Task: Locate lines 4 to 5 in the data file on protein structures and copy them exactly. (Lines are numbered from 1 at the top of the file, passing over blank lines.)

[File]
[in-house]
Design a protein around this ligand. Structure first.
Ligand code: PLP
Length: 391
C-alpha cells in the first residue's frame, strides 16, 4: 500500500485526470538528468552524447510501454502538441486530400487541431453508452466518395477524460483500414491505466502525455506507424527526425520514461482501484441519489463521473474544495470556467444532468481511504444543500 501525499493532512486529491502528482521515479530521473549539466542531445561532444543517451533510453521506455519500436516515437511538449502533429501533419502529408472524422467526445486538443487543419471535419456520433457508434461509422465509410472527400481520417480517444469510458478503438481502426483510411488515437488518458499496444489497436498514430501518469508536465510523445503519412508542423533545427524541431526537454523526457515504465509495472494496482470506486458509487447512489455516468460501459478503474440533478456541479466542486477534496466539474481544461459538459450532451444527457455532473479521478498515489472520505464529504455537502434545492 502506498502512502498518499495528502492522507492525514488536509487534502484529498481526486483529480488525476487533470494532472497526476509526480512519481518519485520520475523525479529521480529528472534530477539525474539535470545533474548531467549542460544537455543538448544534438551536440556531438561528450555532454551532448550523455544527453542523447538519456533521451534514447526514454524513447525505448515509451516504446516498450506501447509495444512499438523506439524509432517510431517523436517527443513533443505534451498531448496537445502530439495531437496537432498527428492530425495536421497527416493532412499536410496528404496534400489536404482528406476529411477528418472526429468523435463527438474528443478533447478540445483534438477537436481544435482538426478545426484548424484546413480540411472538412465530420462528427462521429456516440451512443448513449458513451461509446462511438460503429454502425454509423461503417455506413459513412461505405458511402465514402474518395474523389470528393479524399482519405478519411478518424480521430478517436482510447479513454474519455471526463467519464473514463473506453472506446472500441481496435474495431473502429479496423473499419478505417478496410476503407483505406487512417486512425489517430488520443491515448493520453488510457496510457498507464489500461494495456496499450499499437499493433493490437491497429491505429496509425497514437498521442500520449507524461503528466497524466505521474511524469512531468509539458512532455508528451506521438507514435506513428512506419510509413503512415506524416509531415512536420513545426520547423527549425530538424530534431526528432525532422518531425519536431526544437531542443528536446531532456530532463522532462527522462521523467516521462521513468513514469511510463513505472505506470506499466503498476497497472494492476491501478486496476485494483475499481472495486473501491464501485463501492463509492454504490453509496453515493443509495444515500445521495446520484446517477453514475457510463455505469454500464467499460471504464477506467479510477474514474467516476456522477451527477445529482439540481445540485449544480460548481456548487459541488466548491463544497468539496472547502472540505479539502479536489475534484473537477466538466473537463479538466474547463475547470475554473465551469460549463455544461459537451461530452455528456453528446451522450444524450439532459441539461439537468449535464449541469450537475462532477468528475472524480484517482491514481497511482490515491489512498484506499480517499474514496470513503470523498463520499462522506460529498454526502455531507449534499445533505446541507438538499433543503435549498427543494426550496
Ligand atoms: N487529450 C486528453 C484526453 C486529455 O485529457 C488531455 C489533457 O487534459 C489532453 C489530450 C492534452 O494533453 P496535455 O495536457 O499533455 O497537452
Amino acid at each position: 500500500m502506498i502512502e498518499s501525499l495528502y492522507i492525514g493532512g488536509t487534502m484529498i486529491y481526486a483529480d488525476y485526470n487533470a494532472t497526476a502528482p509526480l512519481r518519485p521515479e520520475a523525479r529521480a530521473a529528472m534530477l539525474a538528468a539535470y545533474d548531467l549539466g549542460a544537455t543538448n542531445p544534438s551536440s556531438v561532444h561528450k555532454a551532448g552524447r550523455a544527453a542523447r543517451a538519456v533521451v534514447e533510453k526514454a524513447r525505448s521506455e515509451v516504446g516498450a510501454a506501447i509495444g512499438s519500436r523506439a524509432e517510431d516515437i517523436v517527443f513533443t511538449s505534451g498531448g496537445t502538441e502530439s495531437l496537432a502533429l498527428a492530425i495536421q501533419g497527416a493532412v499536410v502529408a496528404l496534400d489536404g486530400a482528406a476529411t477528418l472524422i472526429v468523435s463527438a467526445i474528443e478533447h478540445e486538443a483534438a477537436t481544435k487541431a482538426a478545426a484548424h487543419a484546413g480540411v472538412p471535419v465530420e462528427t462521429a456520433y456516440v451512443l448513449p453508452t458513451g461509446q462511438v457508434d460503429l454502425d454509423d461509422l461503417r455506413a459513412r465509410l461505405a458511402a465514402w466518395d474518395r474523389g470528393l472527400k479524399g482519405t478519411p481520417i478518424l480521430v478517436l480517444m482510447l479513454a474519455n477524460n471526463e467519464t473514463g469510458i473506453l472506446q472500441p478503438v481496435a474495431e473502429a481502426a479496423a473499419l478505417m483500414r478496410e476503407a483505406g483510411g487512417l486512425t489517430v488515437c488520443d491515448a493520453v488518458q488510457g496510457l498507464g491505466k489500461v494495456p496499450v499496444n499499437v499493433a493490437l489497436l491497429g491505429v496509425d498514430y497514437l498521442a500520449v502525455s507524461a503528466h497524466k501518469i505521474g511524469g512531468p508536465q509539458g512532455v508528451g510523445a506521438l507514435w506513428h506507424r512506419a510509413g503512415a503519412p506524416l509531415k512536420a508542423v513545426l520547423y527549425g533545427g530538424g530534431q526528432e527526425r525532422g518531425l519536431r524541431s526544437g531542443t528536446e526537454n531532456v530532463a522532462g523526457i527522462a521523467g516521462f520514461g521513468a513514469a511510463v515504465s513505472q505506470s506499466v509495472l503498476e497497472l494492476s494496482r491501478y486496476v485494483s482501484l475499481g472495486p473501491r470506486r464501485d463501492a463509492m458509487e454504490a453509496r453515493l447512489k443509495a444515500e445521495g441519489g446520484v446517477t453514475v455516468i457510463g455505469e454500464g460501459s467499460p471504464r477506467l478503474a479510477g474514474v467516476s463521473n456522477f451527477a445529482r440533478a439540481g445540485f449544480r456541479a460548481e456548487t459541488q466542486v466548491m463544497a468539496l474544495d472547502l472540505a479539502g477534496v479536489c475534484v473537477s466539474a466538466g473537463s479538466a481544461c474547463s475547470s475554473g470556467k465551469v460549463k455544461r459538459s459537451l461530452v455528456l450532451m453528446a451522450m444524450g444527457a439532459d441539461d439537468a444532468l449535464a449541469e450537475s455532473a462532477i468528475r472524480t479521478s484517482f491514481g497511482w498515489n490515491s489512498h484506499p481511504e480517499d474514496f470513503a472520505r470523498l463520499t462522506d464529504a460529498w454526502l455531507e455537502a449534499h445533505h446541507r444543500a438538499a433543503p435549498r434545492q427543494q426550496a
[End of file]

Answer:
Length: 391
C-alpha cells in the first residue's frame, strides 16, 4: 500500500485526470538528468552524447510501454502538441486530400487541431453508452466518395477524460483500414491505466502525455506507424527526425520514461482501484441519489463521473474544495470556467444532468481511504444543500 501525499493532512486529491502528482521515479530521473549539466542531445561532444543517451533510453521506455519500436516515437511538449502533429501533419502529408472524422467526445486538443487543419471535419456520433457508434461509422465509410472527400481520417480517444469510458478503438481502426483510411488515437488518458499496444489497436498514430501518469508536465510523445503519412508542423533545427524541431526537454523526457515504465509495472494496482470506486458509487447512489455516468460501459478503474440533478456541479466542486477534496466539474481544461459538459450532451444527457455532473479521478498515489472520505464529504455537502434545492 502506498502512502498518499495528502492522507492525514488536509487534502484529498481526486483529480488525476487533470494532472497526476509526480512519481518519485520520475523525479529521480529528472534530477539525474539535470545533474548531467549542460544537455543538448544534438551536440556531438561528450555532454551532448550523455544527453542523447538519456533521451534514447526514454524513447525505448515509451516504446516498450506501447509495444512499438523506439524509432517510431517523436517527443513533443505534451498531448496537445502530439495531437496537432498527428492530425495536421497527416493532412499536410496528404496534400489536404482528406476529411477528418472526429468523435463527438474528443478533447478540445483534438477537436481544435482538426478545426484548424484546413480540411472538412465530420462528427462521429456516440451512443448513449458513451461509446462511438460503429454502425454509423461503417455506413459513412461505405458511402465514402474518395474523389470528393479524399482519405478519411478518424480521430478517436482510447479513454474519455471526463467519464473514463473506453472506446472500441481496435474495431473502429479496423473499419478505417478496410476503407483505406487512417486512425489517430488520443491515448493520453488510457496510457498507464489500461494495456496499450499499437499493433493490437491497429491505429496509425497514437498521442500520449507524461503528466497524466505521474511524469512531468509539458512532455508528451506521438507514435506513428512506419510509413503512415506524416509531415512536420513545426520547423527549425530538424530534431526528432525532422518531425519536431526544437531542443528536446531532456530532463522532462527522462521523467516521462521513468513514469511510463513505472505506470506499466503498476497497472494492476491501478486496476485494483475499481472495486473501491464501485463501492463509492454504490453509496453515493443509495444515500445521495446520484446517477453514475457510463455505469454500464467499460471504464477506467479510477474514474467516476456522477451527477445529482439540481445540485449544480460548481456548487459541488466548491463544497468539496472547502472540505479539502479536489475534484473537477466538466473537463479538466474547463475547470475554473465551469460549463455544461459537451461530452455528456453528446451522450444524450439532459441539461439537468449535464449541469450537475462532477468528475472524480484517482491514481497511482490515491489512498484506499480517499474514496470513503470523498463520499462522506460529498454526502455531507449534499445533505446541507438538499433543503435549498427543494426550496